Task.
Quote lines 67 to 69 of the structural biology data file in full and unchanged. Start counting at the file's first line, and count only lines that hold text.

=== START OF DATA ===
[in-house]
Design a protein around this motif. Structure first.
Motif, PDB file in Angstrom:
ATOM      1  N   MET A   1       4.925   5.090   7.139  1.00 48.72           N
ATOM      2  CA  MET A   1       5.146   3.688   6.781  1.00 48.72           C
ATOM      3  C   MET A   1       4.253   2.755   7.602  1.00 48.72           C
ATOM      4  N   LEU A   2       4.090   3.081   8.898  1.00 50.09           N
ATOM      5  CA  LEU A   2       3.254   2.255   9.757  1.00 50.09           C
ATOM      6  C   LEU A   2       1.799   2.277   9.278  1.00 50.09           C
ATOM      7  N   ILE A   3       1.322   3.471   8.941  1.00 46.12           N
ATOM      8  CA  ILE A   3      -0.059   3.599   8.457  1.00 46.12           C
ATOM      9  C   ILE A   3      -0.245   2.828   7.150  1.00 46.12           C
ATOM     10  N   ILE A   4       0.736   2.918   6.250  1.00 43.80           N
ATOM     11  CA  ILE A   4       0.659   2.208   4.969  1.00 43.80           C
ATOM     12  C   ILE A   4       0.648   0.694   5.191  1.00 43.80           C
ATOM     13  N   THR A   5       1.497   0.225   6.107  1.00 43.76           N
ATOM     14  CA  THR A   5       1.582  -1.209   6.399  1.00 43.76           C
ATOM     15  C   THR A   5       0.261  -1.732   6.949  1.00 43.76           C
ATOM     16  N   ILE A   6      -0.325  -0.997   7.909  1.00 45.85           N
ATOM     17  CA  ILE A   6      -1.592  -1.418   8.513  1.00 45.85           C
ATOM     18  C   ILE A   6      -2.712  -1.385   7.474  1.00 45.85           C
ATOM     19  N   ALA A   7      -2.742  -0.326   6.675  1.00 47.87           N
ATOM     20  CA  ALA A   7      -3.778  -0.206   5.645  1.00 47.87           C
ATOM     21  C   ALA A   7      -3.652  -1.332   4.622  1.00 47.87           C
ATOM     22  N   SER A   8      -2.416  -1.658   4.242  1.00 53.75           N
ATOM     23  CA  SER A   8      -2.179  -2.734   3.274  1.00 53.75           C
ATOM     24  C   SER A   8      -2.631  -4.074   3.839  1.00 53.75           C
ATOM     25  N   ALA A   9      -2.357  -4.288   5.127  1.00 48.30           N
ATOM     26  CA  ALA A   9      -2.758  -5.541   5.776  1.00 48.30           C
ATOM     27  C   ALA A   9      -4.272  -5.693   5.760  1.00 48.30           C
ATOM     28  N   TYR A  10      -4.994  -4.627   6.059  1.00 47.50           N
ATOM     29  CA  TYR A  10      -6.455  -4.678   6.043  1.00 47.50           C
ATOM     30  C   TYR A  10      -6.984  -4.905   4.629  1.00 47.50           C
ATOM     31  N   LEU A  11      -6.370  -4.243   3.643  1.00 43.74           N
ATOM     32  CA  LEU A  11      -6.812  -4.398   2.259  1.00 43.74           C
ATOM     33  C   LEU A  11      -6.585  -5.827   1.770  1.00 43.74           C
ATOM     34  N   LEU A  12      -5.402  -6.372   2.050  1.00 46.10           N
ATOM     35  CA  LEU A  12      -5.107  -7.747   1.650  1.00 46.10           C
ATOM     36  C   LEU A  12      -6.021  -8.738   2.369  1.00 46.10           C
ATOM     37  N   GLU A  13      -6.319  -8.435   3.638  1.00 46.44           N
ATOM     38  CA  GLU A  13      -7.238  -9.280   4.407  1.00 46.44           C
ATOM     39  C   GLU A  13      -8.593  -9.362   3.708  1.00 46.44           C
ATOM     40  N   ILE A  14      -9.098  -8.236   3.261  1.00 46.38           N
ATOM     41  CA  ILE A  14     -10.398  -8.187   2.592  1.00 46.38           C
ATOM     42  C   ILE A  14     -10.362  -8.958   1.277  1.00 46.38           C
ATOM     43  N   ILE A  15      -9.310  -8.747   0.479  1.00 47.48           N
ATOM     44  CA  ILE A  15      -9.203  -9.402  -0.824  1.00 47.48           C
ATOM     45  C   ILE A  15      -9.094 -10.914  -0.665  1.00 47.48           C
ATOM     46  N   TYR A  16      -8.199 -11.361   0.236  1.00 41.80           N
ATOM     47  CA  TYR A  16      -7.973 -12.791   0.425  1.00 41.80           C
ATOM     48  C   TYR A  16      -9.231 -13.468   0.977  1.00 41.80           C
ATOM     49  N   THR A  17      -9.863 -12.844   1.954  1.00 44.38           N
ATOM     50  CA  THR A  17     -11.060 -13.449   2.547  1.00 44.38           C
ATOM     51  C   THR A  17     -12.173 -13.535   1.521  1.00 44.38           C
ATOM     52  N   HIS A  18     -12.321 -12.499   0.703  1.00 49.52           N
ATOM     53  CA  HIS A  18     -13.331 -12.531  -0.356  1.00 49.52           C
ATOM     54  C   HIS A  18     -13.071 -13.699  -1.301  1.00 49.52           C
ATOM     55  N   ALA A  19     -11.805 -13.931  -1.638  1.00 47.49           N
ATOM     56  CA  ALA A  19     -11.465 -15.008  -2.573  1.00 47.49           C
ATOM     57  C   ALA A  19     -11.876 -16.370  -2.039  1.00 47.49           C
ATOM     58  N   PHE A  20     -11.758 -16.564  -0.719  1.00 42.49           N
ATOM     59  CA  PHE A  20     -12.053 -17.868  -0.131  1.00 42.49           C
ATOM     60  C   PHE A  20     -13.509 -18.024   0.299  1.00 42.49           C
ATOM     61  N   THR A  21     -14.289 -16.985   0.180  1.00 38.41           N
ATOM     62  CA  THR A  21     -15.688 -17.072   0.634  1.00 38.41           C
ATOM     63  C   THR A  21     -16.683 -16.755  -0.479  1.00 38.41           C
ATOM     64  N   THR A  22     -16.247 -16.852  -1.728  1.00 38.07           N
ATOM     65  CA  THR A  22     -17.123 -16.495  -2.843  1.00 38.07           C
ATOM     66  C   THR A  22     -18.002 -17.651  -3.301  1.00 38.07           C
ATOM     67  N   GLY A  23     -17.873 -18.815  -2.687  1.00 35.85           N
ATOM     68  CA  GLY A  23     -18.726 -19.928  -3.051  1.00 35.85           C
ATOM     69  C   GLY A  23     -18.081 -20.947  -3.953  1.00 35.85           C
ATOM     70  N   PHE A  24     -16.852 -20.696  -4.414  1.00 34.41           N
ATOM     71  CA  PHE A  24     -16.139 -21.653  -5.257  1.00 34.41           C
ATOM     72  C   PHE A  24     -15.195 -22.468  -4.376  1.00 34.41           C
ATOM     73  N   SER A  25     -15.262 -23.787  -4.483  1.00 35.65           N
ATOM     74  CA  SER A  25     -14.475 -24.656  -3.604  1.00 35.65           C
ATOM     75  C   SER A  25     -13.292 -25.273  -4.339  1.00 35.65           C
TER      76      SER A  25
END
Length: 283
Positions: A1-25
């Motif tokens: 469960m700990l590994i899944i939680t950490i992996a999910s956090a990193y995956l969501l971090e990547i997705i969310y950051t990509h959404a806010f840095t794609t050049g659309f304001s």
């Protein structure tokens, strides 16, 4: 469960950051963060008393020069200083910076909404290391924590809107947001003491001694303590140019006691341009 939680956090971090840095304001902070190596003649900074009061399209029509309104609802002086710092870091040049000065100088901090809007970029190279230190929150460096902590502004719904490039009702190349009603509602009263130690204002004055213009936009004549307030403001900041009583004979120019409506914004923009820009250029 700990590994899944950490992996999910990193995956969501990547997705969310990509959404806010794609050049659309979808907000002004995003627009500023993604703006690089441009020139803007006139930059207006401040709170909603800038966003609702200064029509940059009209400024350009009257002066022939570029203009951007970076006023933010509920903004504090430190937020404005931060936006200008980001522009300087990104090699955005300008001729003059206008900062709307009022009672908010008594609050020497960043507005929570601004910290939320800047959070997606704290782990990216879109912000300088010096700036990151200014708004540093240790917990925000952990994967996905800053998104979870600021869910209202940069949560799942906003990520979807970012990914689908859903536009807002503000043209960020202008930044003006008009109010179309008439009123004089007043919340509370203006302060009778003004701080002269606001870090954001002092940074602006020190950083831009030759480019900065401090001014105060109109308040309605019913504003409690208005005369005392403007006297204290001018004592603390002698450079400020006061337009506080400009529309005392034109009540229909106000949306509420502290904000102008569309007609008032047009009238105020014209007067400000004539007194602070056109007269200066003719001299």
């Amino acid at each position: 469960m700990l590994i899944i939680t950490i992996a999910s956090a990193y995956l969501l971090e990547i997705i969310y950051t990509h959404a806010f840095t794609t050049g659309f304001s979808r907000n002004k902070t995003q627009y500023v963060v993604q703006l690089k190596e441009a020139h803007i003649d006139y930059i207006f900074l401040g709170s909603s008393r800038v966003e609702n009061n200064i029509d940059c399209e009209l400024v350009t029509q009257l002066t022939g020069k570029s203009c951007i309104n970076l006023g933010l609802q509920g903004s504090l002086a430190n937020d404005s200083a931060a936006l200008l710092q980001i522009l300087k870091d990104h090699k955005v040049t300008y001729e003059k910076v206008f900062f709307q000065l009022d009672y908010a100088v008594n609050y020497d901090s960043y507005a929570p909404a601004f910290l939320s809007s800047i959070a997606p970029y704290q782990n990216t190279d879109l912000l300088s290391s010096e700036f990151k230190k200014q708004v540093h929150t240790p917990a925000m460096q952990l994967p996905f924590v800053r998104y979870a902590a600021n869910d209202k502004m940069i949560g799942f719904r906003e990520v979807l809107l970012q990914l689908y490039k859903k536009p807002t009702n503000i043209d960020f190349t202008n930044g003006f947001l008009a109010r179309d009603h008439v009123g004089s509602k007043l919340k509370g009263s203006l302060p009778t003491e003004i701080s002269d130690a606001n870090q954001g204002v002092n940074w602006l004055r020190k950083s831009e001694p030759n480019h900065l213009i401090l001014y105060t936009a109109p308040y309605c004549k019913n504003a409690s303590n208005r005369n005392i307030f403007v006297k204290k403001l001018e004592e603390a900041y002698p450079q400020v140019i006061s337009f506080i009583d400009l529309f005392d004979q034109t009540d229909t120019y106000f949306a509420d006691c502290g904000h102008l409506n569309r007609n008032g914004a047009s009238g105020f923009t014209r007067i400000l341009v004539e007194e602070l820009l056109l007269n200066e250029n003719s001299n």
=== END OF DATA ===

ATOM     64  N   THR A  22     -16.247 -16.852  -1.728  1.00 38.07           N
ATOM     65  CA  THR A  22     -17.123 -16.495  -2.843  1.00 38.07           C
ATOM     66  C   THR A  22     -18.002 -17.651  -3.301  1.00 38.07           C